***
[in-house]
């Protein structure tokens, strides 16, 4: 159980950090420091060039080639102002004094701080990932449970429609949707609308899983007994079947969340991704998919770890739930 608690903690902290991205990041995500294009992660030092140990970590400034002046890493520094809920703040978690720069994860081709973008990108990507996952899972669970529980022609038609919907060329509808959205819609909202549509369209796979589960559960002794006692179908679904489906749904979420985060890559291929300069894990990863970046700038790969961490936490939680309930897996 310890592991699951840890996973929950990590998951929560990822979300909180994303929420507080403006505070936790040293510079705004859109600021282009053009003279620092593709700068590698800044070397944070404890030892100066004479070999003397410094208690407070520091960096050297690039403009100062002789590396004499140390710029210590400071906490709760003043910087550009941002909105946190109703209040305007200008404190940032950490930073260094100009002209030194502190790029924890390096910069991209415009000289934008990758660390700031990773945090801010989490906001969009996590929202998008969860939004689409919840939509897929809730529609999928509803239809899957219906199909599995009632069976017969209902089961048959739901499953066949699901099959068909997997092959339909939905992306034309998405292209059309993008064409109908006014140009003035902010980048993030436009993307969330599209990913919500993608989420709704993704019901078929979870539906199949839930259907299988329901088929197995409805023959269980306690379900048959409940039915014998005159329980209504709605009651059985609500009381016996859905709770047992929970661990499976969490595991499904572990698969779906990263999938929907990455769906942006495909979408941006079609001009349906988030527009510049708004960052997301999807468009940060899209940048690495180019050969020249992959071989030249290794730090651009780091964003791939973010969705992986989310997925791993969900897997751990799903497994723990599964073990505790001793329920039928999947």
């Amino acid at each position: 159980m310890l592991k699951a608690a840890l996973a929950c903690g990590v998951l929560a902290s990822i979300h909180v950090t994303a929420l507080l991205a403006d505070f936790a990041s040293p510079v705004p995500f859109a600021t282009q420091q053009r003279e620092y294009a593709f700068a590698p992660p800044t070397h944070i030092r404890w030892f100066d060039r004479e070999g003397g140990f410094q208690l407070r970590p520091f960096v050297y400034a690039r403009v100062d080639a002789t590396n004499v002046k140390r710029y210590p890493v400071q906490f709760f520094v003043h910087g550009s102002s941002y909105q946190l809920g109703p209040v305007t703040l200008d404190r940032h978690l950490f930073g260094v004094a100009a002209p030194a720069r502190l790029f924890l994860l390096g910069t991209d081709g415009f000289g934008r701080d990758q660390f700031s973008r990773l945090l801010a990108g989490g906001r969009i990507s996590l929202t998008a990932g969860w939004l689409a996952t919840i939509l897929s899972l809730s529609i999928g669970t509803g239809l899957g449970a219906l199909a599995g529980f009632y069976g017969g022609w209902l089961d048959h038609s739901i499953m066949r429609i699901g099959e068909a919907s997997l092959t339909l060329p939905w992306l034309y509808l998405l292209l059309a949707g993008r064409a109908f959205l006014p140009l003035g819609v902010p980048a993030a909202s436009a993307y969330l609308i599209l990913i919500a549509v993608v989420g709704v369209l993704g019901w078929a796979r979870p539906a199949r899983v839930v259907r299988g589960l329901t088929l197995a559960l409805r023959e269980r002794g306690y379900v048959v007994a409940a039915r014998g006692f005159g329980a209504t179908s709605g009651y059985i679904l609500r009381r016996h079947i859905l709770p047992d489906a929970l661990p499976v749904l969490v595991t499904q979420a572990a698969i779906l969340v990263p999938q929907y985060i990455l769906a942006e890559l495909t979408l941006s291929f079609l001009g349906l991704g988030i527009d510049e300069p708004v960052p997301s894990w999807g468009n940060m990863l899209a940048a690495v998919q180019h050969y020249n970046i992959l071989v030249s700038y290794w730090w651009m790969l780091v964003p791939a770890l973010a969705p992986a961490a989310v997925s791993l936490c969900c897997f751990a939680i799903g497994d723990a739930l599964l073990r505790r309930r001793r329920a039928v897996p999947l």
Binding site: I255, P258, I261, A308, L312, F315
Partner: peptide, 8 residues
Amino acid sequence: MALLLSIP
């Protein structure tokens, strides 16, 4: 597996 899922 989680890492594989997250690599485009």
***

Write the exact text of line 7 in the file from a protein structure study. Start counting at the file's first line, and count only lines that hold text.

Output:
């Protein structure tokens, strides 16, 4: 597996 899922 989680890492594989997250690599485009």